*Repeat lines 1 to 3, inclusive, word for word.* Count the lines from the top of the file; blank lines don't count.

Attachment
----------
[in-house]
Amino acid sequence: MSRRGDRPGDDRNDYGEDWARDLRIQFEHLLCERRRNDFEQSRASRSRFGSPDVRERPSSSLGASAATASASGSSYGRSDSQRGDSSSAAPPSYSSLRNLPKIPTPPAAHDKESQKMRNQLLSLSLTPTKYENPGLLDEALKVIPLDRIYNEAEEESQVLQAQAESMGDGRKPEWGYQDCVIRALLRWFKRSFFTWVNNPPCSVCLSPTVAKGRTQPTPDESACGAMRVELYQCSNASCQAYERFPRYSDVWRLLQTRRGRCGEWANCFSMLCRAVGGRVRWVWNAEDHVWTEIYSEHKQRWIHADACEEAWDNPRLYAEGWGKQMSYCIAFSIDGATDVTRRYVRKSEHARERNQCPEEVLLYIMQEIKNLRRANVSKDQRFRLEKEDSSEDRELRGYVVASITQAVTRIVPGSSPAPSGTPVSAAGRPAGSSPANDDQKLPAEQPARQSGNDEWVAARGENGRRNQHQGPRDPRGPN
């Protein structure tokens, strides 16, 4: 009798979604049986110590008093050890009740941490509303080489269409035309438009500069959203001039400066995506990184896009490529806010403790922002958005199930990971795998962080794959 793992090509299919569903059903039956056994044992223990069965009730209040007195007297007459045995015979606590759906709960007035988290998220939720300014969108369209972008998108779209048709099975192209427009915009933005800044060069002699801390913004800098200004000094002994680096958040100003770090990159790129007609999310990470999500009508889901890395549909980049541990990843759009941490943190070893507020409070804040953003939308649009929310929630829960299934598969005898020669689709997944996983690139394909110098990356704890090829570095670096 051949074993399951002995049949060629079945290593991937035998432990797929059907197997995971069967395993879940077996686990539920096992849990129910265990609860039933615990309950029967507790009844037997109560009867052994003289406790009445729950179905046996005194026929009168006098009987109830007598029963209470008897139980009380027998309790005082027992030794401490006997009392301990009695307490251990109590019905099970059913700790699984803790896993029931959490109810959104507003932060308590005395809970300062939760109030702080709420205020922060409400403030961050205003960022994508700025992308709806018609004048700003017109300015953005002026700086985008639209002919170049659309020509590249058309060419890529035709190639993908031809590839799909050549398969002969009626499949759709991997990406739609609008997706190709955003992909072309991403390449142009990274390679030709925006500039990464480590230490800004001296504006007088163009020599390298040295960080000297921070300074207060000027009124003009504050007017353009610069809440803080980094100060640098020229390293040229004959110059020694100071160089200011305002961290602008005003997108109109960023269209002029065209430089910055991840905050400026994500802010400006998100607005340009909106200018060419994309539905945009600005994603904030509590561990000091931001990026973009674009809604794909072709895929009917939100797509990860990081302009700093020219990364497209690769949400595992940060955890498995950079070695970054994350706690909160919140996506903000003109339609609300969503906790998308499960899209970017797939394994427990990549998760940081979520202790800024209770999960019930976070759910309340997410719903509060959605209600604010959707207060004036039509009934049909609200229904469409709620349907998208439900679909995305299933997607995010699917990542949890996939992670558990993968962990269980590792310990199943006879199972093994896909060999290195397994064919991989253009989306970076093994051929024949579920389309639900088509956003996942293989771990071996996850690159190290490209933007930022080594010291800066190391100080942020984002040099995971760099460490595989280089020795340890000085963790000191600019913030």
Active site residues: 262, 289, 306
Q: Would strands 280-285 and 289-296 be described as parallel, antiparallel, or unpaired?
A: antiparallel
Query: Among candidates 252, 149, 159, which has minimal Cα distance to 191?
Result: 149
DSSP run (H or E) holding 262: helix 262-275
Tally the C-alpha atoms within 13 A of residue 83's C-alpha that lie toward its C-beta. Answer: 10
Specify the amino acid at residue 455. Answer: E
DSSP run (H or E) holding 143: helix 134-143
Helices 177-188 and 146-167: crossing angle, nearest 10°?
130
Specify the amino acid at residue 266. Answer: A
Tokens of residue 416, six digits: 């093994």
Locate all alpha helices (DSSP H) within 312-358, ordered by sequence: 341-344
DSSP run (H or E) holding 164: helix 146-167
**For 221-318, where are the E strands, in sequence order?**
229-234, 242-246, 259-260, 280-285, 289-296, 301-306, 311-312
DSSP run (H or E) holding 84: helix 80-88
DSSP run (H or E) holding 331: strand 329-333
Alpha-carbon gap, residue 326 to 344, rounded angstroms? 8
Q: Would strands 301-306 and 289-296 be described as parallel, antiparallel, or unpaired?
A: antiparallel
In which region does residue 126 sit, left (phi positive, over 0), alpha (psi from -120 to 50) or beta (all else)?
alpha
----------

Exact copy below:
[in-house]
Amino acid sequence: MSRRGDRPGDDRNDYGEDWARDLRIQFEHLLCERRRNDFEQSRASRSRFGSPDVRERPSSSLGASAATASASGSSYGRSDSQRGDSSSAAPPSYSSLRNLPKIPTPPAAHDKESQKMRNQLLSLSLTPTKYENPGLLDEALKVIPLDRIYNEAEEESQVLQAQAESMGDGRKPEWGYQDCVIRALLRWFKRSFFTWVNNPPCSVCLSPTVAKGRTQPTPDESACGAMRVELYQCSNASCQAYERFPRYSDVWRLLQTRRGRCGEWANCFSMLCRAVGGRVRWVWNAEDHVWTEIYSEHKQRWIHADACEEAWDNPRLYAEGWGKQMSYCIAFSIDGATDVTRRYVRKSEHARERNQCPEEVLLYIMQEIKNLRRANVSKDQRFRLEKEDSSEDRELRGYVVASITQAVTRIVPGSSPAPSGTPVSAAGRPAGSSPANDDQKLPAEQPARQSGNDEWVAARGENGRRNQHQGPRDPRGPN
């Protein structure tokens, strides 16, 4: 009798979604049986110590008093050890009740941490509303080489269409035309438009500069959203001039400066995506990184896009490529806010403790922002958005199930990971795998962080794959 793992090509299919569903059903039956056994044992223990069965009730209040007195007297007459045995015979606590759906709960007035988290998220939720300014969108369209972008998108779209048709099975192209427009915009933005800044060069002699801390913004800098200004000094002994680096958040100003770090990159790129007609999310990470999500009508889901890395549909980049541990990843759009941490943190070893507020409070804040953003939308649009929310929630829960299934598969005898020669689709997944996983690139394909110098990356704890090829570095670096 051949074993399951002995049949060629079945290593991937035998432990797929059907197997995971069967395993879940077996686990539920096992849990129910265990609860039933615990309950029967507790009844037997109560009867052994003289406790009445729950179905046996005194026929009168006098009987109830007598029963209470008897139980009380027998309790005082027992030794401490006997009392301990009695307490251990109590019905099970059913700790699984803790896993029931959490109810959104507003932060308590005395809970300062939760109030702080709420205020922060409400403030961050205003960022994508700025992308709806018609004048700003017109300015953005002026700086985008639209002919170049659309020509590249058309060419890529035709190639993908031809590839799909050549398969002969009626499949759709991997990406739609609008997706190709955003992909072309991403390449142009990274390679030709925006500039990464480590230490800004001296504006007088163009020599390298040295960080000297921070300074207060000027009124003009504050007017353009610069809440803080980094100060640098020229390293040229004959110059020694100071160089200011305002961290602008005003997108109109960023269209002029065209430089910055991840905050400026994500802010400006998100607005340009909106200018060419994309539905945009600005994603904030509590561990000091931001990026973009674009809604794909072709895929009917939100797509990860990081302009700093020219990364497209690769949400595992940060955890498995950079070695970054994350706690909160919140996506903000003109339609609300969503906790998308499960899209970017797939394994427990990549998760940081979520202790800024209770999960019930976070759910309340997410719903509060959605209600604010959707207060004036039509009934049909609200229904469409709620349907998208439900679909995305299933997607995010699917990542949890996939992670558990993968962990269980590792310990199943006879199972093994896909060999290195397994064919991989253009989306970076093994051929024949579920389309639900088509956003996942293989771990071996996850690159190290490209933007930022080594010291800066190391100080942020984002040099995971760099460490595989280089020795340890000085963790000191600019913030």